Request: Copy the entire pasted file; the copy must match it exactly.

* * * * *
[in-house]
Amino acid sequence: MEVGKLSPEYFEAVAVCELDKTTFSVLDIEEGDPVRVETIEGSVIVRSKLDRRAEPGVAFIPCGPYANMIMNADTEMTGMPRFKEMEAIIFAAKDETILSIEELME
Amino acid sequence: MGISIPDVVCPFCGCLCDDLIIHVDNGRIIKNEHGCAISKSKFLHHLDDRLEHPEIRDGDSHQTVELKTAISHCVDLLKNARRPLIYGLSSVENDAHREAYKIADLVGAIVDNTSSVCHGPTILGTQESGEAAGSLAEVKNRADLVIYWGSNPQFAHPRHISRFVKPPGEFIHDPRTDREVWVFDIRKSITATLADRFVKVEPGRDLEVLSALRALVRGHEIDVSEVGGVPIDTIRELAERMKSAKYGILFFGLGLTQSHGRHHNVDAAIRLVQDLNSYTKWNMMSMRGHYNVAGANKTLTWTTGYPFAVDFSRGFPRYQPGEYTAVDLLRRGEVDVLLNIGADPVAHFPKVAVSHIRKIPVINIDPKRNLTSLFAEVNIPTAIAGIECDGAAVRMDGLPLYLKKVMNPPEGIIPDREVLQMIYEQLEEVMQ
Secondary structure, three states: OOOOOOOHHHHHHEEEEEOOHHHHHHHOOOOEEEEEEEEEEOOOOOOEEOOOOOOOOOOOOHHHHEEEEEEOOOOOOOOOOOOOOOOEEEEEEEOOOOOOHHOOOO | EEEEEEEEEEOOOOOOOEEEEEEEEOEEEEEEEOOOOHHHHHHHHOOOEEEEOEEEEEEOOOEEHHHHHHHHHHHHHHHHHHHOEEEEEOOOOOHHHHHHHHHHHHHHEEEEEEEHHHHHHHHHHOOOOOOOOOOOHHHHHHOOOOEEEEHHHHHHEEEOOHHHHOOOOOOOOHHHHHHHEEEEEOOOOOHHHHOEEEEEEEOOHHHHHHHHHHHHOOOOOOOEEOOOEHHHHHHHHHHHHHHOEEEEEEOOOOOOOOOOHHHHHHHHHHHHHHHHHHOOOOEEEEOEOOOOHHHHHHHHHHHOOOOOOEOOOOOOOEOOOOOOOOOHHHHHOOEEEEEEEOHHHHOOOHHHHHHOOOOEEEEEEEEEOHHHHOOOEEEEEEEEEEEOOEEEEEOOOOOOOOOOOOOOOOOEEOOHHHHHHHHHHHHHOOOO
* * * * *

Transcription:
[in-house]
Amino acid sequence: MEVGKLSPEYFEAVAVCELDKTTFSVLDIEEGDPVRVETIEGSVIVRSKLDRRAEPGVAFIPCGPYANMIMNADTEMTGMPRFKEMEAIIFAAKDETILSIEELME
Amino acid sequence: MGISIPDVVCPFCGCLCDDLIIHVDNGRIIKNEHGCAISKSKFLHHLDDRLEHPEIRDGDSHQTVELKTAISHCVDLLKNARRPLIYGLSSVENDAHREAYKIADLVGAIVDNTSSVCHGPTILGTQESGEAAGSLAEVKNRADLVIYWGSNPQFAHPRHISRFVKPPGEFIHDPRTDREVWVFDIRKSITATLADRFVKVEPGRDLEVLSALRALVRGHEIDVSEVGGVPIDTIRELAERMKSAKYGILFFGLGLTQSHGRHHNVDAAIRLVQDLNSYTKWNMMSMRGHYNVAGANKTLTWTTGYPFAVDFSRGFPRYQPGEYTAVDLLRRGEVDVLLNIGADPVAHFPKVAVSHIRKIPVINIDPKRNLTSLFAEVNIPTAIAGIECDGAAVRMDGLPLYLKKVMNPPEGIIPDREVLQMIYEQLEEVMQ
Secondary structure, three states: OOOOOOOHHHHHHEEEEEOOHHHHHHHOOOOEEEEEEEEEEOOOOOOEEOOOOOOOOOOOOHHHHEEEEEEOOOOOOOOOOOOOOOOEEEEEEEOOOOOOHHOOOO | EEEEEEEEEEOOOOOOOEEEEEEEEOEEEEEEEOOOOHHHHHHHHOOOEEEEOEEEEEEOOOEEHHHHHHHHHHHHHHHHHHHOEEEEEOOOOOHHHHHHHHHHHHHHEEEEEEEHHHHHHHHHHOOOOOOOOOOOHHHHHHOOOOEEEEHHHHHHEEEOOHHHHOOOOOOOOHHHHHHHEEEEEOOOOOHHHHOEEEEEEEOOHHHHHHHHHHHHOOOOOOOEEOOOEHHHHHHHHHHHHHHOEEEEEEOOOOOOOOOOHHHHHHHHHHHHHHHHHHOOOOEEEEOEOOOOHHHHHHHHHHHOOOOOOEOOOOOOOEOOOOOOOOOHHHHHOOEEEEEEEOHHHHOOOHHHHHHOOOOEEEEEEEEEOHHHHOOOEEEEEEEEEEEOOEEEEEOOOOOOOOOOOOOOOOOEEOOHHHHHHHHHHHHHOOOO